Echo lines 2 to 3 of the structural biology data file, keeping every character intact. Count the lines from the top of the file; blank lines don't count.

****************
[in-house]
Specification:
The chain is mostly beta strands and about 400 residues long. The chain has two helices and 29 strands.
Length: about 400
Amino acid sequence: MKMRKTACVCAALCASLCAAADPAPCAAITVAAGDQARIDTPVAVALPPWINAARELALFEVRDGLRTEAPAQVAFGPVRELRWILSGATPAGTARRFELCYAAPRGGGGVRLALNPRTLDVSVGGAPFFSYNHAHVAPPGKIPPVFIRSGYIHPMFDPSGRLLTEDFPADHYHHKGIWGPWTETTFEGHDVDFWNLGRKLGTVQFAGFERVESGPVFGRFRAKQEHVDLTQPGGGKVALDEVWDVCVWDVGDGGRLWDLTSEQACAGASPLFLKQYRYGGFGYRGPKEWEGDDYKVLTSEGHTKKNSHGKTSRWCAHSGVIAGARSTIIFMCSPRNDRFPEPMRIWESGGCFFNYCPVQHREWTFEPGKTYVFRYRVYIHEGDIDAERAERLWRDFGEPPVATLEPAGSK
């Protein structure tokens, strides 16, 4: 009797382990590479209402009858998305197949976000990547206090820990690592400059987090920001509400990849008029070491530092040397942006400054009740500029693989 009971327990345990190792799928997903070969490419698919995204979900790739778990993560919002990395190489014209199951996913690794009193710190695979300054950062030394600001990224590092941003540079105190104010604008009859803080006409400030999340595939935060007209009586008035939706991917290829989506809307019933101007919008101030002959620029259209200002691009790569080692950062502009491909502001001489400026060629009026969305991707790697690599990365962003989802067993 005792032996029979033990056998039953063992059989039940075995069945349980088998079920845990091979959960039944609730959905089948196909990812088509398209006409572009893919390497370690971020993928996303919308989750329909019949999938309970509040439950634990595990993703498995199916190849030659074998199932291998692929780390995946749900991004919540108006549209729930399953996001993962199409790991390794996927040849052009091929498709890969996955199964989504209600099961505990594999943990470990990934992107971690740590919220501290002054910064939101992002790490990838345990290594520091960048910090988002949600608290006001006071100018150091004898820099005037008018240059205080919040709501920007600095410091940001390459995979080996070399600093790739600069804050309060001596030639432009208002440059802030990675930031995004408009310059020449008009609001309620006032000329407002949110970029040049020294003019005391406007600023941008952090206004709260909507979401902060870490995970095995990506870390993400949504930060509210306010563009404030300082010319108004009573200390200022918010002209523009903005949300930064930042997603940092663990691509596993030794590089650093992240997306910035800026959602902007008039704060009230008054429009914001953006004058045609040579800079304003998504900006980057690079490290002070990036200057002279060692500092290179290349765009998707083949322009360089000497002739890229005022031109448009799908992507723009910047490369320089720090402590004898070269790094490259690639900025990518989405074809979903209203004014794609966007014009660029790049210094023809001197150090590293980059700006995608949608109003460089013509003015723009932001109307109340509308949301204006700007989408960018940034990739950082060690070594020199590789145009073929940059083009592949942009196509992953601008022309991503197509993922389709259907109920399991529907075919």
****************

Specification:
The chain is mostly beta strands and about 400 residues long. The chain has two helices and 29 strands.